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Oregon Gov. John Kitzhaber has kicked his state’s review of an Oregon-led Columbia River Crossing into high gear, telling legislative leaders in a letter they’ll have answers on its feasibility by Sept. 15.

That turnaround would allow for “potential legislative action” by Sept. 30, when Oregon’s financial commitment to the project expires, according to the governor. But it’s unclear whether lawmakers will actually reconvene in an attempt to salvage at least some of the project, declared dead two months ago.

At the same time, Kitzhaber acknowledged the uphill climb he and other backers face in their last-ditch effort to resurrect the beleaguered Interstate 5 Bridge replacement project.

Kitzhaber says he’s asking for an updated property acquisition schedule, a review of intergovernmental partnerships required to move the project forward, and a review of financing for the phased plan on the table, among other evaluations.

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The letter comes less than two weeks after Oregon Treasurer Ted Wheeler raised pointed questions of his own in a letter sent to Patricia McCaig, Kitzhaber’s adviser on the project.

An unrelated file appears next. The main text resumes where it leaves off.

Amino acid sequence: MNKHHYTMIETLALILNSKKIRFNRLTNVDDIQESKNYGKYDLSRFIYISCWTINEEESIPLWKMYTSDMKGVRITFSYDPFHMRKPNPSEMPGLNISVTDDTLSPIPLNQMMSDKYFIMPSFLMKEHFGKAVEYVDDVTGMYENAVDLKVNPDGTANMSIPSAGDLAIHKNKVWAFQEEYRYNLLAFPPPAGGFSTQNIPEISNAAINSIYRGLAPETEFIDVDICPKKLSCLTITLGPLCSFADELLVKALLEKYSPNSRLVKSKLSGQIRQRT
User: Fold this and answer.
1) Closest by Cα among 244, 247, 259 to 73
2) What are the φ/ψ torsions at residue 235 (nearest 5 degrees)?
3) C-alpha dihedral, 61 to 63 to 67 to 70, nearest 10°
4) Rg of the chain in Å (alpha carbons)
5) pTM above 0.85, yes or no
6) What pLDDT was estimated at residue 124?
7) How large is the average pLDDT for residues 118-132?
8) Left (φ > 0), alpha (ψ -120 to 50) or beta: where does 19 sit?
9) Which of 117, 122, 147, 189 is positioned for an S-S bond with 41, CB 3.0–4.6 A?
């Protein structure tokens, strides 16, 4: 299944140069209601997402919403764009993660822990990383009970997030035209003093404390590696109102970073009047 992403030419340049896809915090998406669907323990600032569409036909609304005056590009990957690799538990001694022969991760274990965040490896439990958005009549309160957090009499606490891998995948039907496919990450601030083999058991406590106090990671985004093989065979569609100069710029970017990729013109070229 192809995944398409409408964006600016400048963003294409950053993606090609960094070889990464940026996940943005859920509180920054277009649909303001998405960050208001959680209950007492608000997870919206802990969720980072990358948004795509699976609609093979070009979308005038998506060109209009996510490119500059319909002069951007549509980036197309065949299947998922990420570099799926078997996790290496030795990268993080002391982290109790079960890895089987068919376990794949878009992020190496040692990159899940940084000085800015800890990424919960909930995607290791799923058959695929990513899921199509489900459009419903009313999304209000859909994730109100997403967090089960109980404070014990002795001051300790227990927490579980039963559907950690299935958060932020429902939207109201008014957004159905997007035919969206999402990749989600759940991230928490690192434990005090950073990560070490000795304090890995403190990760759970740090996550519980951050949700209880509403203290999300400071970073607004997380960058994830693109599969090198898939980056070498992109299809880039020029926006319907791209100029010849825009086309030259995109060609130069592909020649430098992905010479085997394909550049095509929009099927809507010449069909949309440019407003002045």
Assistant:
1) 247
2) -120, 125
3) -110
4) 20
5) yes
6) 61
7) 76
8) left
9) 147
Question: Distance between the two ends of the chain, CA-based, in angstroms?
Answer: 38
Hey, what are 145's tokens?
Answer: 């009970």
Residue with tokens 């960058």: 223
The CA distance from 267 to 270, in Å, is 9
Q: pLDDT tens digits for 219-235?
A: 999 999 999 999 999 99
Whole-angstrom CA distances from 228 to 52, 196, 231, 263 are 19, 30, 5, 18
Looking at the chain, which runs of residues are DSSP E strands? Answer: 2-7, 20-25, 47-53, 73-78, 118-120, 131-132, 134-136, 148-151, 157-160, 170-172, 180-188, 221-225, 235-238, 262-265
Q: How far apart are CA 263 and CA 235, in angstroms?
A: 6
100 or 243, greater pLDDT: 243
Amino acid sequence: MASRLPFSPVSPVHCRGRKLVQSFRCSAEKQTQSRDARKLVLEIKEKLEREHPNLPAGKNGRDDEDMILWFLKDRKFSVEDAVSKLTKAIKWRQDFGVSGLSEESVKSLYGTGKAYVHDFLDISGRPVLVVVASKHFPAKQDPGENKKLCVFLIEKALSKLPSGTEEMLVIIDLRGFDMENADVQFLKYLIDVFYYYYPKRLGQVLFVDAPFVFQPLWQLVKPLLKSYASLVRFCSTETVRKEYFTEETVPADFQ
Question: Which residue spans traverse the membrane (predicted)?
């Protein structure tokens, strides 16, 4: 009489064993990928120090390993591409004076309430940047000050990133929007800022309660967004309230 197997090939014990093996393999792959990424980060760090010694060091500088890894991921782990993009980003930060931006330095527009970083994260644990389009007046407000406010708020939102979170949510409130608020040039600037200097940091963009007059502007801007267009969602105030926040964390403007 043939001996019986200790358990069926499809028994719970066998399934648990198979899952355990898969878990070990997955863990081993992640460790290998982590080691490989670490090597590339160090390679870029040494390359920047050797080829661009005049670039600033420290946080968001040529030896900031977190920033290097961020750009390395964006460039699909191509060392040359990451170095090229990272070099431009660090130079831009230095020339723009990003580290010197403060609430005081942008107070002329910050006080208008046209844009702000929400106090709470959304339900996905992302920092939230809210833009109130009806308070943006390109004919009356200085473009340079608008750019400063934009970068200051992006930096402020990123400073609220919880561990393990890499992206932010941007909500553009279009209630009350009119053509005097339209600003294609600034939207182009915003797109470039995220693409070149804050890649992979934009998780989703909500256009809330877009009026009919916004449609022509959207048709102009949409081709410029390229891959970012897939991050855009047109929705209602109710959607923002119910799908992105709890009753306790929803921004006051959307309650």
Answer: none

The project office began shutting down in July, days after Washington lawmakers adjourned without authorizing any project funding.

Backers have since picked up a phased version of the same project — including light rail and tolls — that would essentially lop off any freeway work north of Highway 14. Backers say the pared-down plan could be built for $2.75 billion, with Oregon taking the lead on financing.

The Washington Department of Transportation has pulled nearly all its workers off the project. The remaining project staff continue to seek a crucial bridge permit from the U.S. Coast Guard.

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